Is there any corner of our lives into which politics does not intrude? It doesn’t seem so. Now it’s high school basketball. The Star Tribune reports:
Jordan [High School] has pulled out of an invitational basketball event scheduled for Monday — Martin Luther King Day — being hosted by Minneapolis Roosevelt.
The fallout continues from last week’s dispute over a Donald Trump re-election flag being displayed by fans of the Jordan High School boys basketball team during its game last week against visiting Minneapolis Roosevelt.
Jordan was to have played Minneapolis Patrick Henry at 5 p.m., but “fear of something happening to the players if they came to Roosevelt to play,” was the reason given to the invitational organizers, said Henry coach Jamil Jackson.
The facts here are murky. Did Jordan’s school officials fear that the basketball players would be assaulted? They deny it, but what they say doesn’t make much sense:
Jordan School District Matthew Helgerson countered that “fear was not our reason” and offered different rationale for the about-face, saying in an e-mailed statement: “Given recent events, we believe the participation of our team in the event will detract from the hard work of the athletes and the upbeat focus of the MLK Showcase.
“After discussion with the MLK Showcase event coordinator, a decision has been made to pull out of the MLK Showcase game on Monday, January 21st. We do not want our presence at the event to detract from the athletes. We will continue to work with the Minneapolis School District to work cooperatively to move forward in a positive direction.”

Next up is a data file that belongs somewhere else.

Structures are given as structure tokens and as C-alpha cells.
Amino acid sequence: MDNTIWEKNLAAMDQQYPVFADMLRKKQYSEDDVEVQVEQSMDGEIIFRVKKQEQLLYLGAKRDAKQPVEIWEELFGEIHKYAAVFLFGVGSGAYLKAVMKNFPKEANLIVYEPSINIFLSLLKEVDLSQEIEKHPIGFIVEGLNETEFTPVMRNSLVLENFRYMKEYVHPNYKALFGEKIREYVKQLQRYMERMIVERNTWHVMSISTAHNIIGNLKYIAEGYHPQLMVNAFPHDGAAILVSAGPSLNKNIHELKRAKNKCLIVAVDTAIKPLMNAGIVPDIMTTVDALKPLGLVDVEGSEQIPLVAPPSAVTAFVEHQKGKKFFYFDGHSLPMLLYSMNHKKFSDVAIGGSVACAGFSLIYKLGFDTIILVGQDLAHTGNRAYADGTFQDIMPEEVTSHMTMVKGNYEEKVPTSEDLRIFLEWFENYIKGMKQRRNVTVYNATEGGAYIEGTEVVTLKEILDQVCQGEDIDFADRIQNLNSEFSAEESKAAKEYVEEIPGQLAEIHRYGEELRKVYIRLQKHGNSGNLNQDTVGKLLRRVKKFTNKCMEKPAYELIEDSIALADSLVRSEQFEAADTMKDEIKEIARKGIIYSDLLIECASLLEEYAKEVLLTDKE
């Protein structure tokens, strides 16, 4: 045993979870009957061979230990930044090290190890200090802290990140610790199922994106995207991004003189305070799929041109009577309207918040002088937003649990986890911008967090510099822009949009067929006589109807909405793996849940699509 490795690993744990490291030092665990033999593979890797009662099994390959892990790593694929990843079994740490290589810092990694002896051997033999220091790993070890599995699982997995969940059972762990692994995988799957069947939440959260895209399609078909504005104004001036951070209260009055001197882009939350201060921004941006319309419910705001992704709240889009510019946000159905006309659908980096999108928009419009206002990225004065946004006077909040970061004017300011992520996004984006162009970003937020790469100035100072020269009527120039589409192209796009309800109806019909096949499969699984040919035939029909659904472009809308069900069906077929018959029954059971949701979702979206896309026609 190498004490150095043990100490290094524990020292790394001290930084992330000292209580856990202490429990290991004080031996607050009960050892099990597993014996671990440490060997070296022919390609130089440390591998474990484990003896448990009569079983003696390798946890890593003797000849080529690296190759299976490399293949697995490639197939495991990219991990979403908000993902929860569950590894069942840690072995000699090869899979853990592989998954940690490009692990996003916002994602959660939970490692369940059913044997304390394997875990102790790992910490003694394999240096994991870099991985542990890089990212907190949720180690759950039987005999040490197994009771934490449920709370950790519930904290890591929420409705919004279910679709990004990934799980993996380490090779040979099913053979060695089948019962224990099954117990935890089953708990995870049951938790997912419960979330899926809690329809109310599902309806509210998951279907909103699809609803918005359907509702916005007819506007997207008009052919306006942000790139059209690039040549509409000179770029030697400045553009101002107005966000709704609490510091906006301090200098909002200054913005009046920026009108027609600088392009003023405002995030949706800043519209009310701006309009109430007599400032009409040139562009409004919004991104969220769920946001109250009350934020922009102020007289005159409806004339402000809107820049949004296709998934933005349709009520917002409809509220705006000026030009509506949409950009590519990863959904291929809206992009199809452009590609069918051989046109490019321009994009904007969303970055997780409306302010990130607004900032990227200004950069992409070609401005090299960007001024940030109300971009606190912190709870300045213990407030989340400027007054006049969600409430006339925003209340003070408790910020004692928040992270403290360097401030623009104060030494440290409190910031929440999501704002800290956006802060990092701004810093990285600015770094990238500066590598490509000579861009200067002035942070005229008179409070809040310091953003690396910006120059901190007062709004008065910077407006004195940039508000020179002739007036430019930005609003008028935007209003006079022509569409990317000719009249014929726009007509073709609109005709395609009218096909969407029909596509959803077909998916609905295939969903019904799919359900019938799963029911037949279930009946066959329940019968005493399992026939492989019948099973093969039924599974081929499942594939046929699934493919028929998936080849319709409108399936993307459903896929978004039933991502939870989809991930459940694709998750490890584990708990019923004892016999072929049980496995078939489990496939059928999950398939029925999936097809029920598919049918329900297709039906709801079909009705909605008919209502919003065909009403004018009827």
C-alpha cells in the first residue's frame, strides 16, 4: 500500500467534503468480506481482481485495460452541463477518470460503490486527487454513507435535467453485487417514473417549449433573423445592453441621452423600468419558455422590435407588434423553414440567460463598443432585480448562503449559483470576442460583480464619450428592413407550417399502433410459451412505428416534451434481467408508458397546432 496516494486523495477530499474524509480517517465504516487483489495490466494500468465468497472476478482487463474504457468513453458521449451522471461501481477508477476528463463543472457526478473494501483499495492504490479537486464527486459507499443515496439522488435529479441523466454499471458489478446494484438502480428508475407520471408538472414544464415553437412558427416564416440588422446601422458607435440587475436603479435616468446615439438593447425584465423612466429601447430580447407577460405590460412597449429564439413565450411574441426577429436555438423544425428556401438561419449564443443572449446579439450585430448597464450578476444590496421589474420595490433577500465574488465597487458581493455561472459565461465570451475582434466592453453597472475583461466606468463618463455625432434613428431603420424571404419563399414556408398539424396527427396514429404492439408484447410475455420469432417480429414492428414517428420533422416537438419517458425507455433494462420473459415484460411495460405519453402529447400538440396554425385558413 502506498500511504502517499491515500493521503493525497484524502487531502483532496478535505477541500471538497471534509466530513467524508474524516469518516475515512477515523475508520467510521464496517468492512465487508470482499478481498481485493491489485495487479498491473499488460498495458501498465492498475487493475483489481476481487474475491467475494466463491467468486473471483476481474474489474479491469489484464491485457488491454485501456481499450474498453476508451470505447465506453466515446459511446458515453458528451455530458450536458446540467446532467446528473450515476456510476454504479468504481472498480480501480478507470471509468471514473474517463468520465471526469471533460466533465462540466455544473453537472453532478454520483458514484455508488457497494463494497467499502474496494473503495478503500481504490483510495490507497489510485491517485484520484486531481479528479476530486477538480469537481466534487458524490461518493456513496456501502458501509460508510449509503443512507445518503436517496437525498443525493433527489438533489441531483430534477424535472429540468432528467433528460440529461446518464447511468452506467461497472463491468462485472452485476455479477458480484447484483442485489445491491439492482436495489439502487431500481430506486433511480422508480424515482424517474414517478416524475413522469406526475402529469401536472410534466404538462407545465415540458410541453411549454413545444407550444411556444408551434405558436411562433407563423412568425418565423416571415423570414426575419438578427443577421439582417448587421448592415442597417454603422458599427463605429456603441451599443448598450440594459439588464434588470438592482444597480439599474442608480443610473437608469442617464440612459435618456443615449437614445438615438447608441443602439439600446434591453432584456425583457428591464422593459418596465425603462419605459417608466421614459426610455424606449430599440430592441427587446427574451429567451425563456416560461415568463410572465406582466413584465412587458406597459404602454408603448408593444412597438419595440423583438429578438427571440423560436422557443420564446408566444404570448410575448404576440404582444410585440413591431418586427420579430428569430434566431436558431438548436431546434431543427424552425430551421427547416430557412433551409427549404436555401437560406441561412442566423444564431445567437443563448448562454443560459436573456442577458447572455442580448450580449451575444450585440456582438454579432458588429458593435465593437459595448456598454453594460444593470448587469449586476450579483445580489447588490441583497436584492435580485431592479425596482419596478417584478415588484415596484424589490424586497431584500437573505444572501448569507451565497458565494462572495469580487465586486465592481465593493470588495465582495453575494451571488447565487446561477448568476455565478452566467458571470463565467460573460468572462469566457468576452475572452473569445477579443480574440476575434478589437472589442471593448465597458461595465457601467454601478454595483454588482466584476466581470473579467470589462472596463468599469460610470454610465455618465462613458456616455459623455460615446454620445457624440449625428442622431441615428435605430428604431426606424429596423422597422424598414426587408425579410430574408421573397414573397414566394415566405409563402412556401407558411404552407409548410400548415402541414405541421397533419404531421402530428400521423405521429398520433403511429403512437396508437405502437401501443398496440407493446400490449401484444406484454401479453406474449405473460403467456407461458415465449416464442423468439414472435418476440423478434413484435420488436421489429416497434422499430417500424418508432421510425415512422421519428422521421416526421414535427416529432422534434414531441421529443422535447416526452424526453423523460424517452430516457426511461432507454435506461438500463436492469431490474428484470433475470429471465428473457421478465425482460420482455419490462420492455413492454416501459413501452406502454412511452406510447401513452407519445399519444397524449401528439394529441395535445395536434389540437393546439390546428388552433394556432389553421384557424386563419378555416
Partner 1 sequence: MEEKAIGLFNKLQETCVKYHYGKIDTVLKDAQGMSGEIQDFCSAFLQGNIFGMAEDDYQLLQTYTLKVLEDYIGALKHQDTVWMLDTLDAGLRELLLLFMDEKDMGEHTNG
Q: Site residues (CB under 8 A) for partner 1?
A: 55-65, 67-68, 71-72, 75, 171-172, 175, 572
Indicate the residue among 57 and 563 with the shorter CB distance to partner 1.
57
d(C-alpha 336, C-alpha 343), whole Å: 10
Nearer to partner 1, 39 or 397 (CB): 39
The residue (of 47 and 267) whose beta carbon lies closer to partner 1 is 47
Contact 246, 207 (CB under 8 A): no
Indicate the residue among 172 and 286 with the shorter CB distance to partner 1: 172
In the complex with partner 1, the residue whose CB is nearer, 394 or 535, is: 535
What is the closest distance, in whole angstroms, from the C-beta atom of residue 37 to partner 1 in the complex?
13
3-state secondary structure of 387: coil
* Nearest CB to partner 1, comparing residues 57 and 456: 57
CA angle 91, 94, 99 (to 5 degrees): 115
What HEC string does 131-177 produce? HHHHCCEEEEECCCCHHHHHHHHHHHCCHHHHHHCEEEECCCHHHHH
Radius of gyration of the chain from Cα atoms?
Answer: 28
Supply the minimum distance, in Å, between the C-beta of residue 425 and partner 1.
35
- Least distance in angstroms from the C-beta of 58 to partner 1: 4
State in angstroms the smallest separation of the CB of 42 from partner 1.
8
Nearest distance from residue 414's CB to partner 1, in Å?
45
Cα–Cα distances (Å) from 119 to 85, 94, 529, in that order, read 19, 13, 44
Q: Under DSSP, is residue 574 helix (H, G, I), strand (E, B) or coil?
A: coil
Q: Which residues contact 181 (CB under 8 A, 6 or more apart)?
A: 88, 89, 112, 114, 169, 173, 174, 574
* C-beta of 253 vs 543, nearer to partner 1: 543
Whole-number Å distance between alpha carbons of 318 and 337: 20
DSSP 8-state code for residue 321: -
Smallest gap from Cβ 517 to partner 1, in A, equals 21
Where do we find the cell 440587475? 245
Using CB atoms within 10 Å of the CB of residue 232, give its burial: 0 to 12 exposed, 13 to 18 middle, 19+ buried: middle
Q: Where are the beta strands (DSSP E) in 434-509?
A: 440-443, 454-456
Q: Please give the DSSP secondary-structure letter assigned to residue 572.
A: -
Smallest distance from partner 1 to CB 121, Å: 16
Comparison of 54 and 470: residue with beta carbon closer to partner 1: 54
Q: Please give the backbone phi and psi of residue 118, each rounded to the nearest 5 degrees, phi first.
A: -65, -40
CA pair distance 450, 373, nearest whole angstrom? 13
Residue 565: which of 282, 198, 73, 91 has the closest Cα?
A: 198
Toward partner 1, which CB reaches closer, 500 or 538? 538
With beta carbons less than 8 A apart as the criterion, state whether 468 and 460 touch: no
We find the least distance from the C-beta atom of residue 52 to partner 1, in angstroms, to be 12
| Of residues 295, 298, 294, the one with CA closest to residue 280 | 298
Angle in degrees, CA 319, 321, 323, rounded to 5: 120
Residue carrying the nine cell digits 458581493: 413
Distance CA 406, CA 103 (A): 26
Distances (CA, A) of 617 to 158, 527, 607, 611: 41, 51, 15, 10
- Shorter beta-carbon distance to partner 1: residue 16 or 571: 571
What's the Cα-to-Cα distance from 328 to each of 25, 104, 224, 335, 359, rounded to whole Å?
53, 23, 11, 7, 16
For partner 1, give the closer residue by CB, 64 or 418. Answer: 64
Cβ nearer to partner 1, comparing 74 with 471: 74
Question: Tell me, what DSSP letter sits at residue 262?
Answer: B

You may have to be a school superintendent to string together such meaningless sentences. But there is more to the story:
On Wednesday, Roosevelt coach Michael Walker questioned why young fans at his team’s road game Tuesday in Jordan prominently displayed a flag promoting Trump re-election during the game.
Walker posted on Facebook a photograph of fans on the Jordan side of the gym with the flag draped over the legs of four front-row spectators. The message read: Trump 2020 Keep America Great!
“I coach a predominantly black inner city high school team,” Walker wrote on his Facebook posting. “We go out to a rural area in Jordan, MN and this is there. Please explain how and why this is appropriate at a high school basketball game?”
I don’t think it is particularly appropriate, but why does Walker think the fact that his team is predominantly black is somehow relevant? President Trump has done a great deal more for black Americans than Barack Obama ever did. The person who owns the flag has responded:
Bridget Kahn commented on the Roosevelt coach’s Facebook posting and wrote that the flag belonged to her and was used by students as part of a long-planned USA theme night. She later told the Star Tribune, “I don’t see anything wrong with that.”
No, but to equate President Trump’s re-election with USA introduces politics where it doesn’t belong. But it turns out there is a lot of context here, much worse than bringing a Trump banner into an arena:
Since last week’s dust-up over the Trump flag, the Roosevelt team has taken heat for its practice of remaining in the locker room during the pregame playing of the national anthem. In a statement issued Friday, the Roosevelt team said “we’re coming from a place that recognizes a history of oppression for people of color in the U.S.”
Oh, please. “People of color in the U.S.” are among the most privileged people on the planet. Teaching the ideology of oppression to high school kids is disgraceful.
Jackson said his team also remains in the locker room during the national anthem for road games but is courtside for home games, where “Lift Every Voice and Sing,” treated as the black national anthem, is played instead.
This is sick, and sad. America’s public school educators are doing a grave disservice to all Americans, but above all, to their own students.